At noon we decided to forego lunch for a special treat we had read about: Moomers Ice Cream – rated “America’s best scoop”; if you love ice cream this is your place. They make over 100 different flavours, 20 of which are served daily – you didn’t actually expect them to have 100 choices each day, you’d spend all your time reading and salivating instead of licking and leaving. I went for the flavour called Just Caramel, pretty self-explanatory really, while Erica, who loves peanut butter flavour in her cone, opted for Cow Tracks (vanilla ice cream with pieces of Reese's Peanut Butter Cups and chocolate fudge swirl). We licked and slurped our way through the mammoth waffle cones while looking out into the field where the cows, who produced the milk, grazed. If you make your way to the Traverse City area you will notice that Moomers is all over the place, its served in many of the restaurants and we even found a small outlet in our hotel lobby (Grand Traverse Resort and Spa) – this place provided us with our second scoop of Moomers Ice Cream, which was just as good and tasty as the first … though this time the flavours we chose escape me.
We left the peace and quiet of Moomers in the country to find the illusive and often talked about Left Foot Charley’s. Bryan Ulbrich was out on the Old Mission Peninsula looking at the grapes, so assistant winemaker, Andrew Perry, took me for a walk about. This 6000 case winery, located in an industrial part of town, has no vineyards of its own, instead they have long term contracts with 12 vineyards, which they control and 25 growers – everything is about how they want the fruit grown. They are mainly a white wine house, producing 90% whites, mainly from Riesling, Pinot Gris, Gewurztraminer and Pinot Blanc. In fact, Left Foot Charley’s was my first encounter with Pinot Blanc in Michigan, but it wouldn’t be my last. Blanc seems to have taken a liking to Michigan soils and in turn Michigan winemakers have taken a liking to it, starting right here with Mr. Ulbrich at LFC. The 2008 Pinot Blanc is made from 12 year old vines, has pear and apple on the nose, with juicy pear, good acidity and nice fruit on the palate. At LFC they also makes 3 kinds of Riesling (a medium dry and 2 vineyard specific versions). Wines planned for the future include Gamay, Cabernet Franc, Merlot, Dornfelder and Sauvignon Blanc.
We left Charley’s and drove up Old Mission Peninsula to the tippy top, or at least where the wineries begin, to a new modern facility with lots of steel and glass called 2 Lads, quite impressive, the ‘08 Rosé and the 2007 Cabernet Franc were highlights. Next up was Bower’s Harbor, who have a cute dog that resides in the bathroom on hot summer days, resting his head on the toilet bowl to keep cool. They also produce a Cabernet Franc (2005) that was of particular interest to me; it’s grown in Erica’s Vineyard (named that because it is where the owner proposed to his wife, Erica – my fiancée’s name just happens to also be Erica; so we bought a bottle. It has nice pepper, blackberry and black cherry notes on the nose; with black cherry fruit and a nice peppery finish (****).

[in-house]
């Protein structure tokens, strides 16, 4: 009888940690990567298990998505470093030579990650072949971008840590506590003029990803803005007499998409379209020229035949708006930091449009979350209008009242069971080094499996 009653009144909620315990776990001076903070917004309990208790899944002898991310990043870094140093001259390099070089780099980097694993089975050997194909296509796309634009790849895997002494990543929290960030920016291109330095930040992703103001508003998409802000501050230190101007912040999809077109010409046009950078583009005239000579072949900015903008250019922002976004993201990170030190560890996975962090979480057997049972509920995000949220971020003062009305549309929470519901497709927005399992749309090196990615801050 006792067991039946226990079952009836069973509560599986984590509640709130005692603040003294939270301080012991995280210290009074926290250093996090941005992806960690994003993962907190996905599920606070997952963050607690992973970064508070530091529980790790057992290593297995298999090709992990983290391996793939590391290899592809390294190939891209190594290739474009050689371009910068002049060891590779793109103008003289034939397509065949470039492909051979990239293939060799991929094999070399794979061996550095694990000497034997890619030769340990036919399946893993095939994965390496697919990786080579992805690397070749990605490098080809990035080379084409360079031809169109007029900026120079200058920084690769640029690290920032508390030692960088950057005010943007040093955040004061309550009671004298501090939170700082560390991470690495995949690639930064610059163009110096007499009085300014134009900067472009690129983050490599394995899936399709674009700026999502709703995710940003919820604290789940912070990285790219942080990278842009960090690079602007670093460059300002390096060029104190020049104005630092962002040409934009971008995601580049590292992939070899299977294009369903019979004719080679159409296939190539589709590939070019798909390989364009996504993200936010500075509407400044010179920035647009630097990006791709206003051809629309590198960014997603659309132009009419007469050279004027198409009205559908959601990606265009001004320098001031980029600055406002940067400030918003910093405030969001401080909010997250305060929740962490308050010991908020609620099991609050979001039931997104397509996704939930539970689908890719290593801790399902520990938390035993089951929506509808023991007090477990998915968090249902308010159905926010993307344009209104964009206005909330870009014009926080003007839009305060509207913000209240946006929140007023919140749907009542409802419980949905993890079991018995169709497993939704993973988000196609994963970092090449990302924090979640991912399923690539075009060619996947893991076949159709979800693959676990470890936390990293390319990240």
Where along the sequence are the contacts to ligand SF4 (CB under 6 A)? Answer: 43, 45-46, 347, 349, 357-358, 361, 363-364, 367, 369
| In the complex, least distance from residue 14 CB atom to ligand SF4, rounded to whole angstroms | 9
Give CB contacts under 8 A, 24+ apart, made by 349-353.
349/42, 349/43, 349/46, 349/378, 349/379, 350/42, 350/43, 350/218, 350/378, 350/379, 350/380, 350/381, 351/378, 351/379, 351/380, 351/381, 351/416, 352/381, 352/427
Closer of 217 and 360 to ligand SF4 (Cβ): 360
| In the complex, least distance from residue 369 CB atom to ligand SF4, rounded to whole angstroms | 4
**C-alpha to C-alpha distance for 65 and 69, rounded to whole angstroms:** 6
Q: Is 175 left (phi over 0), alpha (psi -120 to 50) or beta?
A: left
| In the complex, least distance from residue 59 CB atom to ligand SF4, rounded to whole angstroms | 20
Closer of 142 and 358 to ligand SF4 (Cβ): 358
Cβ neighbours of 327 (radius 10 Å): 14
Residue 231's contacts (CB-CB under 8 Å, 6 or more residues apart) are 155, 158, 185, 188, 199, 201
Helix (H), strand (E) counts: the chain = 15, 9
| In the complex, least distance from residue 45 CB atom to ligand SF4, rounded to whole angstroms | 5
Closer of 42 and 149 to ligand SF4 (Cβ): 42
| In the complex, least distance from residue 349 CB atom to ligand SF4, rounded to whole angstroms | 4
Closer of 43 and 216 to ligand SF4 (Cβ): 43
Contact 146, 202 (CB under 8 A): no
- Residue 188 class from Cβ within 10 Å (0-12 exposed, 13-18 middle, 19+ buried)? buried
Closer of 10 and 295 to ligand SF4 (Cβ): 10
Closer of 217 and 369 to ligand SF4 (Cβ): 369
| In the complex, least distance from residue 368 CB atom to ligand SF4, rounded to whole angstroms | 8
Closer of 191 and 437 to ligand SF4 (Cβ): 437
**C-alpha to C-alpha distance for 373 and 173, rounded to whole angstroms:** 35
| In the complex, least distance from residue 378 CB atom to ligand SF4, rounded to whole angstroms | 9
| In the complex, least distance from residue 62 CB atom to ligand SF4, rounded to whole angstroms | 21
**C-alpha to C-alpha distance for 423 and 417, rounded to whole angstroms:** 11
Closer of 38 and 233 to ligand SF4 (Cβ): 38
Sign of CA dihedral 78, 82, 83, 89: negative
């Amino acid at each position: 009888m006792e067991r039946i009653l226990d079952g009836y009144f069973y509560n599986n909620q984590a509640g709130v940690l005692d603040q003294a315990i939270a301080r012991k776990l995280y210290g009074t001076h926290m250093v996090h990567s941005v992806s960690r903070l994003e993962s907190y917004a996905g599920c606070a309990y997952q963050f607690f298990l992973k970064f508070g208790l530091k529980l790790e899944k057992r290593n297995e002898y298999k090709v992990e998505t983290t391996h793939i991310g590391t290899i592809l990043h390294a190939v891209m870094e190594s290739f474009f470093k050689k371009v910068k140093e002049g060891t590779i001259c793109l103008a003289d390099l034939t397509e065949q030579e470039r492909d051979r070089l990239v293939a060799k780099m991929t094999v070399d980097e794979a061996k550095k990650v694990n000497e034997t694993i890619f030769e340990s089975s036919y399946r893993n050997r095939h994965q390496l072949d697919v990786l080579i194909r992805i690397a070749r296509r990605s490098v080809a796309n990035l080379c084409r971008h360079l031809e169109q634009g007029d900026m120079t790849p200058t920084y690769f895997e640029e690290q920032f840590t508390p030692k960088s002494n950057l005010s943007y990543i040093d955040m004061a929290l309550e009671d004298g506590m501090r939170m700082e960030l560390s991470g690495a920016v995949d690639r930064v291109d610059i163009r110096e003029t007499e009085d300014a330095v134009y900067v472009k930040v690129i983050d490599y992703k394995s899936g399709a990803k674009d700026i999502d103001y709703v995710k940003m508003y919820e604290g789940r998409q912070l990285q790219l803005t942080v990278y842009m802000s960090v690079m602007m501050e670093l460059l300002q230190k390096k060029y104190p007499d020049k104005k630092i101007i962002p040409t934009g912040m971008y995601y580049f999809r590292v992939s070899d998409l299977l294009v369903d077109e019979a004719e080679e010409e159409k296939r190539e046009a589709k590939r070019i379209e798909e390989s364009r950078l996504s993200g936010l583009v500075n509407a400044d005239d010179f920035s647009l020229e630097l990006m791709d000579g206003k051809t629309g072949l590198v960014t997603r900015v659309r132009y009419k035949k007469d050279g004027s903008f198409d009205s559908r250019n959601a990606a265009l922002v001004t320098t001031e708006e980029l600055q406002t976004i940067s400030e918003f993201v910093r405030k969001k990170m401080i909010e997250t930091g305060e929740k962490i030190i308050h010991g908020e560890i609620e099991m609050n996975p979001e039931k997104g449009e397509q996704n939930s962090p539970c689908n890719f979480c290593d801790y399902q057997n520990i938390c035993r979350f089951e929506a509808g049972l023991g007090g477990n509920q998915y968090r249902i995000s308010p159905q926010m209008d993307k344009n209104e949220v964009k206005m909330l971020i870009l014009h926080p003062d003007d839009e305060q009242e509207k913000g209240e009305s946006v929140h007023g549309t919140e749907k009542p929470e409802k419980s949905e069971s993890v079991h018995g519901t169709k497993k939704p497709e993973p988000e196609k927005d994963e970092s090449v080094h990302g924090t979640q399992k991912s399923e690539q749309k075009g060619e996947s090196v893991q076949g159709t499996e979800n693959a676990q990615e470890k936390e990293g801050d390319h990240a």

Brys Estate was my second run-in with Pinot Blanc in Michigan and another winery making it in a delicious fruit forward style. Lots of citrus, peach and apple, on this 2008 Pinot Blanc, crisp acidity on the tongue with a touch of lime on the finish (****½). They also make a pretty stellar Gewurztraminer (2008 - ****½) as well as a good Reserve Pinot Noir (2007 - ****) and Pinot Grigio (2008 - ****) – though it’s more a Pinot Gris in style with lovely juicy fruit flavours.
Final stop, winery-wise, was Chateau Grand Traverse, where they are making anything and everything. One of the few wineries making Gamay in the area, they actually produce two; they also have a delicious 2008 Whole Cluster Riesling with grapefruit and apple notes (****½) and they even have a Botrytis Riesling; (it’s the only one I saw my whole trip), it was lip-smackingly good.
Dinner was at an old mental hospital (with all the wine we’d been drinking you’d think they’d want us to check in) … all kidding aside, the restaurant was located in a building that was once a mental hospital and is now part of a revitalization project for the city … the restaurant iscalled Trattoria Stella, which was very tricky to find, but so worth the search (piece of advise, take the phone number with you for when you get lost). They had a huge selection of local beers and wines; we opted for beer after such a long day of wine tasting. The server was a bit of a beer nut and he recommended many local brewers. We chose beers from Short’s Brewery (located in Bel Aire, Michigan). Erica went for the light and pleasant Pontius Road Pilsner, while I chose the Stella’s Ale (made specifically for the restaurant and sold only at the brewery and on tap at the Trattoria). The beer has citrus smells and an orange peel finish, refreshing on this hot summer’s day. Dinner was amazing and just what the doctor ordered. We had been enjoying such rich food of late that we had forgotten what joy the simplicity of pizza and pasta could bring. This was by far our favourite meal of the journey – as Erica pointed out “I like plain people food, it’s what makes me happiest.” I fully agree. (Read Day 4)
Cherry Republic, Left Foot Charley’s, 2 Lads, Chateau Chantal, Bowers Harbor, Brys Estate, Chateau Grand Traverse